There is nothing the media and the Labour Party love better than trying to make out the Conservative Party is still the ‘nasty party’. Not just seen as the ‘nasty party’, but IS the ‘nasty party’. And their means of doing it is to imply that the Tories are institutionally homophobic. And they are at it again over the issue of gay marriage. Today Andrew Grice, the political editor of The Independent leads the charge in THIS front page lead article.


According to Grice…

“Conservative MPs are trying to sabotage David Cameron’s plan to legalise gay marriage, threatening a rebellion bigger than the one in which 81 voted against the Government on Europe.”

Indeed, Grice says…

“Opponents claim more than 100 Tory backbenchers could vote against gay marriage… Feelings are running high,” one senior party source said yesterday.”

And what or who does he cite as evidence? The comments of one – yes, one – socially Conservative MP, David Burrowes. You couldn’t make it up. He doesn’t even pretend to have a second source or make any attempt to question the assertion by “opponents” of gay marriage. The fact of the matter is that I don’t know how many Conservative MPs would vote against legalising gay marriage, nor does Andy Grice, nor does David Burrowes. Perhaps they might ask how many Labour or LibDem MPs would vote against it too, as you can be sure there are some that would. And more than just a handful, too.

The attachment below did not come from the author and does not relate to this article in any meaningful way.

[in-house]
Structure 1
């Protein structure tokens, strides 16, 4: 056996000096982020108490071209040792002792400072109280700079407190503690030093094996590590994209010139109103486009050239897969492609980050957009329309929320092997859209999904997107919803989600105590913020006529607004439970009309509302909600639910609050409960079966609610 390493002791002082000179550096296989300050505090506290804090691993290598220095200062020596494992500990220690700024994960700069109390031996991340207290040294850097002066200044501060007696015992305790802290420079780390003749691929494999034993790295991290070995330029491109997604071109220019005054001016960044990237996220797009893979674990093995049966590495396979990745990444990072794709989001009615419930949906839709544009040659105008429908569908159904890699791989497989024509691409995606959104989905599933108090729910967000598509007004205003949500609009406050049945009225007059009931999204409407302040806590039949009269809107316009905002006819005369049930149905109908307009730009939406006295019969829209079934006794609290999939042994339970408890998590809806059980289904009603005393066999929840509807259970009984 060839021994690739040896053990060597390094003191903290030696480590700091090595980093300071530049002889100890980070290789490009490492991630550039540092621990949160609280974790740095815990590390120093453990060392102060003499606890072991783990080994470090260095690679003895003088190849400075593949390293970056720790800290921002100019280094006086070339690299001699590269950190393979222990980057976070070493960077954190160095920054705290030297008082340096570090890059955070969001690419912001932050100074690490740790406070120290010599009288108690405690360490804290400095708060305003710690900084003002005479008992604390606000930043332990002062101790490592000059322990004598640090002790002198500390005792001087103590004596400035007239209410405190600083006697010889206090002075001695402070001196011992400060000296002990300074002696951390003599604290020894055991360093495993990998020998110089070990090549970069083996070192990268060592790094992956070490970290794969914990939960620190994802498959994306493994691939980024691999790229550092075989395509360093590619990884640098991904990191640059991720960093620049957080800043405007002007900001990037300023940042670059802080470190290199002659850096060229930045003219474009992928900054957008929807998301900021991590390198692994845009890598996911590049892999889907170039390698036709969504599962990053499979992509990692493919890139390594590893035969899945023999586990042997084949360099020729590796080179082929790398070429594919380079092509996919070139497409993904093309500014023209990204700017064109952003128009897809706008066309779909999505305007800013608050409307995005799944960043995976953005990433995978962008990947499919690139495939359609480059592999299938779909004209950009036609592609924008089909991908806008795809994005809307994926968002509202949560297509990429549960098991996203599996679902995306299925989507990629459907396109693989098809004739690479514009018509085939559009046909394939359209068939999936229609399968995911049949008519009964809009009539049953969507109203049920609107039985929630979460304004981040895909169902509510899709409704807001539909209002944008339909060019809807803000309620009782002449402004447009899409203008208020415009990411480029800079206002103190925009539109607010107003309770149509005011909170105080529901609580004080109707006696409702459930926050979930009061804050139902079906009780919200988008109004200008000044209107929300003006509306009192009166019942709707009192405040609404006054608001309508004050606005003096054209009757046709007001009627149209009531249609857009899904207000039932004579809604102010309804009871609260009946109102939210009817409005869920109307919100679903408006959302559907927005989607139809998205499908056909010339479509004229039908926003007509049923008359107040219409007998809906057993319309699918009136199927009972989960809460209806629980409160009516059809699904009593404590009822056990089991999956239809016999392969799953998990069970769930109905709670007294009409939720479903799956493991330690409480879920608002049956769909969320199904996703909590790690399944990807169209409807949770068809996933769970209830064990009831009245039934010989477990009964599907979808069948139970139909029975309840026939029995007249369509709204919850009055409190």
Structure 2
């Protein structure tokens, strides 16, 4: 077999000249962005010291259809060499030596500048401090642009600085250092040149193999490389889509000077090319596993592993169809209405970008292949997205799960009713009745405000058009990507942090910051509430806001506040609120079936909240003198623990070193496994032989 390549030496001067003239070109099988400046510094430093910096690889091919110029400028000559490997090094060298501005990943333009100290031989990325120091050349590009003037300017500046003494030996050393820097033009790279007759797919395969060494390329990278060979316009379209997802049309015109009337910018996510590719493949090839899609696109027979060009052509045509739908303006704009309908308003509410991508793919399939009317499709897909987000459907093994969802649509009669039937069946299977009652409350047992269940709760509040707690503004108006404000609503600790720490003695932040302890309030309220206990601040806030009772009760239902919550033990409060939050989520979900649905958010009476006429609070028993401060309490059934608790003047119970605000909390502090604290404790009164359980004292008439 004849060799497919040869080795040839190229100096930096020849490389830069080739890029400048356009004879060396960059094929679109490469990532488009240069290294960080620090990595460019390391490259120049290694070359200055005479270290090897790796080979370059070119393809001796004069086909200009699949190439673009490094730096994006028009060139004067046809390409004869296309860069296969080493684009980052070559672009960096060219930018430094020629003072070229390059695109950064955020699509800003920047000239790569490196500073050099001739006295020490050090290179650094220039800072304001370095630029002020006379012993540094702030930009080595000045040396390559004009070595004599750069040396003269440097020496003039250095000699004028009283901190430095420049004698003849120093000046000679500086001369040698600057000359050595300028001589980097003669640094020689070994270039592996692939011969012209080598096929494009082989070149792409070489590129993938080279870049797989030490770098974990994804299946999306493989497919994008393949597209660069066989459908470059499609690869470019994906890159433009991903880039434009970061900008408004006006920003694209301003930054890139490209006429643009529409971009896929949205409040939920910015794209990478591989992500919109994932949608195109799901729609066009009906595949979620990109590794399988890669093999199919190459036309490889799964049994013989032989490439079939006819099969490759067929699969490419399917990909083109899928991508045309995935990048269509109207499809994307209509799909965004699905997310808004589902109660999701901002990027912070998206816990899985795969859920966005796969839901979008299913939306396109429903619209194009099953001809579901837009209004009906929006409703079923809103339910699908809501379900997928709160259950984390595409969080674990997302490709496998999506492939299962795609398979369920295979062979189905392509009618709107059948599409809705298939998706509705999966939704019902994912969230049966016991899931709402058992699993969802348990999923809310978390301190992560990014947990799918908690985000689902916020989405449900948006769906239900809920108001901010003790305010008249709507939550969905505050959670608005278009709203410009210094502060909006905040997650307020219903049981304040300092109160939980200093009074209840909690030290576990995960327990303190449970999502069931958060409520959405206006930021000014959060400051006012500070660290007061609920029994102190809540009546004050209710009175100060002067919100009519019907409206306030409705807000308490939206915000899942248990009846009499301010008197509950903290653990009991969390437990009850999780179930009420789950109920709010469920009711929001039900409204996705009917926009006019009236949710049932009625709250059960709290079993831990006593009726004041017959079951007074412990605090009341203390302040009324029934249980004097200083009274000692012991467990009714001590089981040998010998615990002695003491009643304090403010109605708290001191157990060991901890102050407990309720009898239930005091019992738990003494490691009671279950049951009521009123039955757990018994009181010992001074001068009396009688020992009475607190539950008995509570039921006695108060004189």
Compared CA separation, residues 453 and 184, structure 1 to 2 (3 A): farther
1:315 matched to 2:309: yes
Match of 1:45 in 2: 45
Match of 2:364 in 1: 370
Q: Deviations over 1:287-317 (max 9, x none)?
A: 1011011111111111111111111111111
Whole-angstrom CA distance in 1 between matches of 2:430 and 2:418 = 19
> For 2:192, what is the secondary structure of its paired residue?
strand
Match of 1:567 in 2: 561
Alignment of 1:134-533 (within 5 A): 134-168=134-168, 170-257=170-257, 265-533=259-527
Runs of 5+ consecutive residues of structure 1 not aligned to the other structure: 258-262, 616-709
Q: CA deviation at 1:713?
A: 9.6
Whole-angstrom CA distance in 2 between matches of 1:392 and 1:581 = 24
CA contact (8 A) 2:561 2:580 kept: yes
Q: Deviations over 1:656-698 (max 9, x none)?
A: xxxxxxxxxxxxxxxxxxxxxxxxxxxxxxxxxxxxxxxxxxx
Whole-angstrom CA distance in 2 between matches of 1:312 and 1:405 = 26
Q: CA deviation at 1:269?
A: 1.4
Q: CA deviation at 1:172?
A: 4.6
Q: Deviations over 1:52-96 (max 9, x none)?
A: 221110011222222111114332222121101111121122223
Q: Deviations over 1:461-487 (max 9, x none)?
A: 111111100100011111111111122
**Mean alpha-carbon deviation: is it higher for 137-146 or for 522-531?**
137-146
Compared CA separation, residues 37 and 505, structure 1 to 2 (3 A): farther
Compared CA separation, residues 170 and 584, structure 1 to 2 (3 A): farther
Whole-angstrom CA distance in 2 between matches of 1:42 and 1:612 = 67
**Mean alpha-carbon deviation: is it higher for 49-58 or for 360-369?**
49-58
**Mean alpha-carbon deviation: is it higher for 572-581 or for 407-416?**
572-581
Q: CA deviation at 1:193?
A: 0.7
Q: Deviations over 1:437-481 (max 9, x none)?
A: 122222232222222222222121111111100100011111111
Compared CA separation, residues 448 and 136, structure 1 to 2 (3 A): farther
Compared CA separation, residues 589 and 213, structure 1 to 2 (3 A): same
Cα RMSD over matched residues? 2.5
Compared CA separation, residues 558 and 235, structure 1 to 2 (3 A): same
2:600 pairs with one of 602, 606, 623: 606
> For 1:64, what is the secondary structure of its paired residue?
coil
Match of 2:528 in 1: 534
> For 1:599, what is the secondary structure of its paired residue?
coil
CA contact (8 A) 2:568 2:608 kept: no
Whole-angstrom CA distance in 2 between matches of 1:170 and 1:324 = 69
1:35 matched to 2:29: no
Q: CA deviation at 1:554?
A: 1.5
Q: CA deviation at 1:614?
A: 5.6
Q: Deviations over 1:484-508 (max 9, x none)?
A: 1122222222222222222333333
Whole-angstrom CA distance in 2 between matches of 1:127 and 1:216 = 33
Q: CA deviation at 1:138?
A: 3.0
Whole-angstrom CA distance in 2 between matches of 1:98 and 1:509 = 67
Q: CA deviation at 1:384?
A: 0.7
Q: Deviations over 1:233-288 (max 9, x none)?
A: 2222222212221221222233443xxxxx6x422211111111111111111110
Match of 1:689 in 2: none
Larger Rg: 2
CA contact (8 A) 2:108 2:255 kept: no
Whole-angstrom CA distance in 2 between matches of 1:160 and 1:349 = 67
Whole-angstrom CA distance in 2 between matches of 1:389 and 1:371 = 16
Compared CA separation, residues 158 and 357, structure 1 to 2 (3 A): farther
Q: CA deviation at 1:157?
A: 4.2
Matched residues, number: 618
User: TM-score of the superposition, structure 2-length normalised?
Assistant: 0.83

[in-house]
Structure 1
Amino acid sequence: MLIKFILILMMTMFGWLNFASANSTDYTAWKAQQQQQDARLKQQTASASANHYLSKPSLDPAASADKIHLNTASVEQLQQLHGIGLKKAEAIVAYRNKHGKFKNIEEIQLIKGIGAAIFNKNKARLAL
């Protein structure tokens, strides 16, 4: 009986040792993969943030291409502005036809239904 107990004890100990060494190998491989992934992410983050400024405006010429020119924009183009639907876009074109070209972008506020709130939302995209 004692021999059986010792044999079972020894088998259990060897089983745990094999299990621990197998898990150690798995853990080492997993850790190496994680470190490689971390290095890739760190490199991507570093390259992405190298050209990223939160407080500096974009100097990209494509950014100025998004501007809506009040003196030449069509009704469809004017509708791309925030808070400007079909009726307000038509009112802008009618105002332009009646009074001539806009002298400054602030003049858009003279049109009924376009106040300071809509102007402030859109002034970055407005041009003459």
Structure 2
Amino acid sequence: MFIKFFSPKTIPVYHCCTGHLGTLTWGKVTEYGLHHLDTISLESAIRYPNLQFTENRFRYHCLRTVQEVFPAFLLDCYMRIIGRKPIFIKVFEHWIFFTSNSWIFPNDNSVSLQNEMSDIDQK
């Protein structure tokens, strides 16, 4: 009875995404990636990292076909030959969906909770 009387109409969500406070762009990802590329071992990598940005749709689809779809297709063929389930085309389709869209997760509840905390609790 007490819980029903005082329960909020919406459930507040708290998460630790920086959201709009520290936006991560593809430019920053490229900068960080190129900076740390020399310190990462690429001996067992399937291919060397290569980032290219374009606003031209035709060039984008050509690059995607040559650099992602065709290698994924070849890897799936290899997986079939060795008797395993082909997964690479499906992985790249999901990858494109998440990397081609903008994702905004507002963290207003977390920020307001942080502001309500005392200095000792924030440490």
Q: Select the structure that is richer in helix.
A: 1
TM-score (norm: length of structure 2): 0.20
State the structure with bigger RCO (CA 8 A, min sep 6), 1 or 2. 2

But let’s say Burrowes and Grice are right, and 100 Tory MPs voted against legalising gay marriage. That would leave two thirds who voted in favour – something unthinkable even ten years ago. And does it make the 100 homophobic? In some cases, probably yes, but in most cases no. I still can’t defend them doing it, but it doesn’t necessarily imply homophobia on their part, as some will no doubt claim. This whole issue is predicated on a spurious view that somehow churches will be forced to conduct gay marriages. As Detta O’Cathain found out in the Lords debate, that view is wrong headed and totally misunderstands the legislation. Churches won’t be forced to do anything they don’t want to do, as their own legal advisers have made clear. So this really is a stooshie about nothing. But before I go, let’s look at David Burrowes’ comments, as quoted by Andrew Grice. To say they are delusional and wrong-headed is an understatement.

“Many colleagues are worried that it would fundamentally affect how marriage between a man and woman has historically been viewed in this country”

Er, why? Why does gay marriage have any effect on how marriage between men and women are viewed? Perhaps David Burrowes needs to have a word with his friend and co-founder of the Conservative Christian Fellowship, colleague, Tim Montgomerie, who is fully in favour of allowing gay people to marry. He clearly doesn’t see the problems envisaged by David Burrowes. Let’s continue…

“There are strong doubts that we need to go down this path. It would open up a can of worms and a legal minefield about freedom, religion and equalities legislation.”